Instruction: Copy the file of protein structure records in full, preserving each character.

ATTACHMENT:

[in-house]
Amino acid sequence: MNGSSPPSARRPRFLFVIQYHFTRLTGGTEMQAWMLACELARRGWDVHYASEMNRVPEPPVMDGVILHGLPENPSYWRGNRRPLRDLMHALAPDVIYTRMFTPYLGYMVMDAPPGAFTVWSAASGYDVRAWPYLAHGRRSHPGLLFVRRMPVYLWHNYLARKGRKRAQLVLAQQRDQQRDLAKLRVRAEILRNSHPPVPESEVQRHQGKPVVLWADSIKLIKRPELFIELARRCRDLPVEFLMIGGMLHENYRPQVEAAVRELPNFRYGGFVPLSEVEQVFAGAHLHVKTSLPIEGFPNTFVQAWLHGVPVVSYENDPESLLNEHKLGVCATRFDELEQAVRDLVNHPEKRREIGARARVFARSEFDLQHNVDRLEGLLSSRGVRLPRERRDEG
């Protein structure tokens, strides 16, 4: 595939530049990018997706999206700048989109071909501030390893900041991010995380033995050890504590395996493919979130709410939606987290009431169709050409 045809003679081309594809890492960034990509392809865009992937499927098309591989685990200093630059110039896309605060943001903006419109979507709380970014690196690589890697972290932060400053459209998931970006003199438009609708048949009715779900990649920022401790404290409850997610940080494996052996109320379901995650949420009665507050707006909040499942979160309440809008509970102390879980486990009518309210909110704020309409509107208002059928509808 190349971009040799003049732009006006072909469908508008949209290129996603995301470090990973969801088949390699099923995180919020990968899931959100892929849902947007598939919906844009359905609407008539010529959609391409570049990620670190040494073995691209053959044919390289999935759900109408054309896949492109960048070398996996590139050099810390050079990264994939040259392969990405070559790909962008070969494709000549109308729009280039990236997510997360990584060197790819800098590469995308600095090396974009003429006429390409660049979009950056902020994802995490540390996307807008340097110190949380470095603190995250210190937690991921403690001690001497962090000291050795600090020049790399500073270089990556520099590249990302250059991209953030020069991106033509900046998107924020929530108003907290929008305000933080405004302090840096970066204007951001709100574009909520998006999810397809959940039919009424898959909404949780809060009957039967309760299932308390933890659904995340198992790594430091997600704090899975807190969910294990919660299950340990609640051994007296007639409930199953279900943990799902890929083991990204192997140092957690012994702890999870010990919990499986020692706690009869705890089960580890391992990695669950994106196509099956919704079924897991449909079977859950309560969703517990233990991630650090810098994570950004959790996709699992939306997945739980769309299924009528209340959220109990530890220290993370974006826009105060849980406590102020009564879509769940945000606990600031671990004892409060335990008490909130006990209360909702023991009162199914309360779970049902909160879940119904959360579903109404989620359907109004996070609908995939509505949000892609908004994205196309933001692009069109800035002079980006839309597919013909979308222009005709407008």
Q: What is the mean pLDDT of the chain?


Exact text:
[in-house]
Amino acid sequence: MNGSSPPSARRPRFLFVIQYHFTRLTGGTEMQAWMLACELARRGWDVHYASEMNRVPEPPVMDGVILHGLPENPSYWRGNRRPLRDLMHALAPDVIYTRMFTPYLGYMVMDAPPGAFTVWSAASGYDVRAWPYLAHGRRSHPGLLFVRRMPVYLWHNYLARKGRKRAQLVLAQQRDQQRDLAKLRVRAEILRNSHPPVPESEVQRHQGKPVVLWADSIKLIKRPELFIELARRCRDLPVEFLMIGGMLHENYRPQVEAAVRELPNFRYGGFVPLSEVEQVFAGAHLHVKTSLPIEGFPNTFVQAWLHGVPVVSYENDPESLLNEHKLGVCATRFDELEQAVRDLVNHPEKRREIGARARVFARSEFDLQHNVDRLEGLLSSRGVRLPRERRDEG
């Protein structure tokens, strides 16, 4: 595939530049990018997706999206700048989109071909501030390893900041991010995380033995050890504590395996493919979130709410939606987290009431169709050409 045809003679081309594809890492960034990509392809865009992937499927098309591989685990200093630059110039896309605060943001903006419109979507709380970014690196690589890697972290932060400053459209998931970006003199438009609708048949009715779900990649920022401790404290409850997610940080494996052996109320379901995650949420009665507050707006909040499942979160309440809008509970102390879980486990009518309210909110704020309409509107208002059928509808 190349971009040799003049732009006006072909469908508008949209290129996603995301470090990973969801088949390699099923995180919020990968899931959100892929849902947007598939919906844009359905609407008539010529959609391409570049990620670190040494073995691209053959044919390289999935759900109408054309896949492109960048070398996996590139050099810390050079990264994939040259392969990405070559790909962008070969494709000549109308729009280039990236997510997360990584060197790819800098590469995308600095090396974009003429006429390409660049979009950056902020994802995490540390996307807008340097110190949380470095603190995250210190937690991921403690001690001497962090000291050795600090020049790399500073270089990556520099590249990302250059991209953030020069991106033509900046998107924020929530108003907290929008305000933080405004302090840096970066204007951001709100574009909520998006999810397809959940039919009424898959909404949780809060009957039967309760299932308390933890659904995340198992790594430091997600704090899975807190969910294990919660299950340990609640051994007296007639409930199953279900943990799902890929083991990204192997140092957690012994702890999870010990919990499986020692706690009869705890089960580890391992990695669950994106196509099956919704079924897991449909079977859950309560969703517990233990991630650090810098994570950004959790996709699992939306997945739980769309299924009528209340959220109990530890220290993370974006826009105060849980406590102020009564879509769940945000606990600031671990004892409060335990008490909130006990209360909702023991009162199914309360779970049902909160879940119904959360579903109404989620359907109004996070609908995939509505949000892609908004994205196309933001692009069109800035002079980006839309597919013909979308222009005709407008």
Q: What is the mean pLDDT of the chain?